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Re: #define warnings when using various autotools projects

From: John Calcote
Subject: Re: #define warnings when using various autotools projects
Date: Tue, 13 May 2008 12:27:06 -0600
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Bob Friesenhahn wrote:
> On Tue, 13 May 2008, John Calcote wrote:
>> But this is very common mistake. It comes from carelessness about which
>> header files are considered part of the public interface, and which ones
>> should be kept private. The generated config.h header file is intended
>> to help BUILD the library on a particular platform, not provide support
>> for consumers of the library through the public interface of that
>> library. And yet I see this happen all the time.
> It is sometimes necessary to provide build-specific typedefs and defines
> in order for the installed header files to correctly represent the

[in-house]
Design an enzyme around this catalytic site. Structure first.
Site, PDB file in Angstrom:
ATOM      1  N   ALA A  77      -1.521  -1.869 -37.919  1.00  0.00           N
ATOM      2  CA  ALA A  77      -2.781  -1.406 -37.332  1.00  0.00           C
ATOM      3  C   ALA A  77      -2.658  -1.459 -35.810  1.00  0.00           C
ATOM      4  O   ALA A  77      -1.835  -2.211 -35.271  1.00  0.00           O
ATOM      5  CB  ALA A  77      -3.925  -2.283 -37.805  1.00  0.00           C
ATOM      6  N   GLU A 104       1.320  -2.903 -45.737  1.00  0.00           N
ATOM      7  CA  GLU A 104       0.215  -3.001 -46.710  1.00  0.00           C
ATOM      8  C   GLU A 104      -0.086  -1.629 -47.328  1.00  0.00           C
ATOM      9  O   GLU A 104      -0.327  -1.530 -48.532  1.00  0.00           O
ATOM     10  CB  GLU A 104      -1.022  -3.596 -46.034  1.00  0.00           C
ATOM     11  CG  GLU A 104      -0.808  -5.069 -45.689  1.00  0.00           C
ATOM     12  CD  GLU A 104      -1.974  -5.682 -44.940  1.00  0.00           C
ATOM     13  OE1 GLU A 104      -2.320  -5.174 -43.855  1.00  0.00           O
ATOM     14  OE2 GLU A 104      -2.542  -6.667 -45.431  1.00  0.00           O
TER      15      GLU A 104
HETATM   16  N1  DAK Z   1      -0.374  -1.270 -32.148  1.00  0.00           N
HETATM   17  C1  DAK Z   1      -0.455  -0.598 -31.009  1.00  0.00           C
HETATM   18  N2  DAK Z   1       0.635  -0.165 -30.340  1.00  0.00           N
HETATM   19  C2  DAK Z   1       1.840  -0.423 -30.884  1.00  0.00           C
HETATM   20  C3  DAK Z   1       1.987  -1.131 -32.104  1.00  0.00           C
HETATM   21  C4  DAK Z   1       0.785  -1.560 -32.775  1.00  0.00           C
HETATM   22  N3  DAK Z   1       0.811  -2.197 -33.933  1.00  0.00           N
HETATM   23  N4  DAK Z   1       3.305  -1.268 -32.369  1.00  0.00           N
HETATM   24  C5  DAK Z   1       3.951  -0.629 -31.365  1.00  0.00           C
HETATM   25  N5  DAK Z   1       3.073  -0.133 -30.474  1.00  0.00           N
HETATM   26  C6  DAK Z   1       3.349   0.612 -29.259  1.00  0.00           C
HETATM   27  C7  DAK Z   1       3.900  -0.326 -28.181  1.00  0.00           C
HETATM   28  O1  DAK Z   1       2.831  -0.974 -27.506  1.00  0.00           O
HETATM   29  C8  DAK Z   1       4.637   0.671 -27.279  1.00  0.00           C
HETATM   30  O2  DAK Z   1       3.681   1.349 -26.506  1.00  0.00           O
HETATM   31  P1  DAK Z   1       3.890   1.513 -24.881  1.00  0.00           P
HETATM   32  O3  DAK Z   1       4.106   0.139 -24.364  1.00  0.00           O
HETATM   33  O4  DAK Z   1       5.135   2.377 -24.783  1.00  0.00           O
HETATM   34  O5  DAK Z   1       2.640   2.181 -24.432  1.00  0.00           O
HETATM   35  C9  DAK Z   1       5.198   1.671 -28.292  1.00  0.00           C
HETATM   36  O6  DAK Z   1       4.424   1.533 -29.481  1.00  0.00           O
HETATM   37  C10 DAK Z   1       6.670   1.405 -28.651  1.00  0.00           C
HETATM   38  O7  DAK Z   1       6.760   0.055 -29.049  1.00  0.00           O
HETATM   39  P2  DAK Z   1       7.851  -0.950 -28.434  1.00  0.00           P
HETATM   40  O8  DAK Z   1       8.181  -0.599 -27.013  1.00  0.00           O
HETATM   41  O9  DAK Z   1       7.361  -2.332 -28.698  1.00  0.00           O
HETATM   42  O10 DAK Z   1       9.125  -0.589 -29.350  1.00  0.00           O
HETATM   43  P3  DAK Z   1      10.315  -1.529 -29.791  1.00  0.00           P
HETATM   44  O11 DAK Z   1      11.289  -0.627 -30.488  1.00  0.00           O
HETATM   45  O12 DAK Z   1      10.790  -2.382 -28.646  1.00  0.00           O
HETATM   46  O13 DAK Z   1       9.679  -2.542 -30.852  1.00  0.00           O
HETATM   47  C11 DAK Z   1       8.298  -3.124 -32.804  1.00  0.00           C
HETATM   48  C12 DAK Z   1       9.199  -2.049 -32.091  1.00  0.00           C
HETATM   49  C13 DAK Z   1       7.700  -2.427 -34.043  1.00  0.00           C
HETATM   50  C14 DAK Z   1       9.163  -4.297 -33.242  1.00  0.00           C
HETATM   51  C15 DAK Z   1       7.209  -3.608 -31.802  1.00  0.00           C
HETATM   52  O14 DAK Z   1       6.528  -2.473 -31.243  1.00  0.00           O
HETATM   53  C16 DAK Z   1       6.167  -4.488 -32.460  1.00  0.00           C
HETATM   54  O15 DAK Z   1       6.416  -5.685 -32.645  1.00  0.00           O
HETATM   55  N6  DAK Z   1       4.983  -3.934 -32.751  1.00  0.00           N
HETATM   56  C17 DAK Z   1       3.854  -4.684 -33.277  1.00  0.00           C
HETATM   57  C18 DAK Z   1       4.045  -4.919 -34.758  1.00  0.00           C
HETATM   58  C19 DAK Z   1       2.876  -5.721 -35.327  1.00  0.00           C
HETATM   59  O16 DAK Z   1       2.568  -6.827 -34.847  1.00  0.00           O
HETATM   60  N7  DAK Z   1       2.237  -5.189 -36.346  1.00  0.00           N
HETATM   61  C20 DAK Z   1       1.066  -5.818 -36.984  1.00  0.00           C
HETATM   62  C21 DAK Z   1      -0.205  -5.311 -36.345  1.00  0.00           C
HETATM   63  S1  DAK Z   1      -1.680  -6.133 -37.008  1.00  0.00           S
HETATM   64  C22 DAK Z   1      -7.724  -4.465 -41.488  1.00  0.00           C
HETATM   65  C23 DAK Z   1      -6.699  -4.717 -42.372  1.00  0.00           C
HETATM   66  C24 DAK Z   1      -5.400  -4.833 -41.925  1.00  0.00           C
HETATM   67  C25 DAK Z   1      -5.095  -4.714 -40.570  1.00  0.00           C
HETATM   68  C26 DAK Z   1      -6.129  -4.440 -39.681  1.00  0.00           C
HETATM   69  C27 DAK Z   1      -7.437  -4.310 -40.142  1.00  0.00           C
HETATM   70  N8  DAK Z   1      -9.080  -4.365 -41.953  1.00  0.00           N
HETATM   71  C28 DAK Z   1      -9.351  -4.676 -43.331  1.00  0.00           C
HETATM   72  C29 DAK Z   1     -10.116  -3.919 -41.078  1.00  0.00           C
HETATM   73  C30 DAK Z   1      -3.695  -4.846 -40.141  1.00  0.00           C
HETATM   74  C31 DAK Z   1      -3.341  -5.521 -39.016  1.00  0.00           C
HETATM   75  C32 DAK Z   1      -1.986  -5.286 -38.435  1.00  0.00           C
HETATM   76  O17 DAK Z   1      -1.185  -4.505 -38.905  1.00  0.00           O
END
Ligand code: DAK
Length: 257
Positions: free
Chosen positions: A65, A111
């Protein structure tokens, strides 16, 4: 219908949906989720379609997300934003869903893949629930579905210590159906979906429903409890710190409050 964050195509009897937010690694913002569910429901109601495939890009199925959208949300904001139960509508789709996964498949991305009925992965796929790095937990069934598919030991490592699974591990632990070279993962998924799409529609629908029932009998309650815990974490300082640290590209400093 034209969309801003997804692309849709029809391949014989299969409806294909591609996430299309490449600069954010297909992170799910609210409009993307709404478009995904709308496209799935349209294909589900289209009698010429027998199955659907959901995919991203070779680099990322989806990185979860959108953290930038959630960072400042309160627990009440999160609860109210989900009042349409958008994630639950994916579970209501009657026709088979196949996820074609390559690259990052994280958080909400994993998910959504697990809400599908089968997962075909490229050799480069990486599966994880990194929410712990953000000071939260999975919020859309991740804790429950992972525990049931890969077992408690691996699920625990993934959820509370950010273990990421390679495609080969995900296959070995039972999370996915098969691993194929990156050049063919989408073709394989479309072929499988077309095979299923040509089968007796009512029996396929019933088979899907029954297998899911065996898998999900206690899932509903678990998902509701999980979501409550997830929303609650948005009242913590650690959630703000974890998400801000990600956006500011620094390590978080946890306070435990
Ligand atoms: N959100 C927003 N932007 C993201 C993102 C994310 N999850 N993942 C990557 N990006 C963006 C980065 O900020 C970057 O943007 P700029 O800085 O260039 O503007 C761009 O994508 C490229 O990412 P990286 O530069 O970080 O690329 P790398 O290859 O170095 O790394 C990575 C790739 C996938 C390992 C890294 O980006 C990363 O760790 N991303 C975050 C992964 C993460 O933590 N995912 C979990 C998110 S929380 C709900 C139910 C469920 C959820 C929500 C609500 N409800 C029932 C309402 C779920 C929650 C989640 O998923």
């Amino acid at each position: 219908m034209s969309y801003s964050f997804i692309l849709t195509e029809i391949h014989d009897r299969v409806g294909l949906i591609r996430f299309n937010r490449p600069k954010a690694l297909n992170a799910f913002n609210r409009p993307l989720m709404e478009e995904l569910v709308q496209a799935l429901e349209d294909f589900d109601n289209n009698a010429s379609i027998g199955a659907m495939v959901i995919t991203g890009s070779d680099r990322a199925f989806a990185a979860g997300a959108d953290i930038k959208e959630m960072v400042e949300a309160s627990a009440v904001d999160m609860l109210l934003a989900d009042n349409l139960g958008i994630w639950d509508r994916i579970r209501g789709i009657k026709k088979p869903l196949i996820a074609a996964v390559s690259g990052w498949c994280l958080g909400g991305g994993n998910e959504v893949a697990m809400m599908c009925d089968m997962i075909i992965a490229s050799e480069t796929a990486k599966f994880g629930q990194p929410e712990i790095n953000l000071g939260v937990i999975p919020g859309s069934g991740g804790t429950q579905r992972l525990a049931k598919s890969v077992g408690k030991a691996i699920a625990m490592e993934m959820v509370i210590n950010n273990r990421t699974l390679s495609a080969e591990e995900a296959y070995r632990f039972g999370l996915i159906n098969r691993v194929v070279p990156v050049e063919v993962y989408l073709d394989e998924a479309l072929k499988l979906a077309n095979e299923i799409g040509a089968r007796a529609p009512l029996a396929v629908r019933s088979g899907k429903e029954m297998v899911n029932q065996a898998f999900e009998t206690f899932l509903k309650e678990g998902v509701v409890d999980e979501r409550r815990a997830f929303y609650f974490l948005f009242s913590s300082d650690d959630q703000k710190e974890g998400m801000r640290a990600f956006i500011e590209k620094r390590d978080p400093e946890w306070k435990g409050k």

> library interface.  If "config.h" is not used, then a more elaborate
> means needs to be used to make this possible.
> For my own project, I use two "config.h" files.  One is used to build
> the software and the other is trimmed down to support only what is
> actually needed to define the interface header ABI.

And what if a user decided to run "make install" to put your public
headers into his or her /usr/local/include directory? Or even
worse--what if a distro packager decides to provide a "devel" package
for your project that installs your public headers into "/usr/include"?
How is it that you're okay claiming ownership of the one "config.h"
header that is allowed to exist in this directory?

My point is simple: config.h should NEVER be included in a library's
public interface. NEVER. It always causes such problems, and if you find
you need to do it for one reason or another, then you should re-examine
your design for the flaws that you will inevitably find there, if you
look hard enough.

A portable public interface does not need to contain platform-specific
details of any sort. There are always ways to avoid this.

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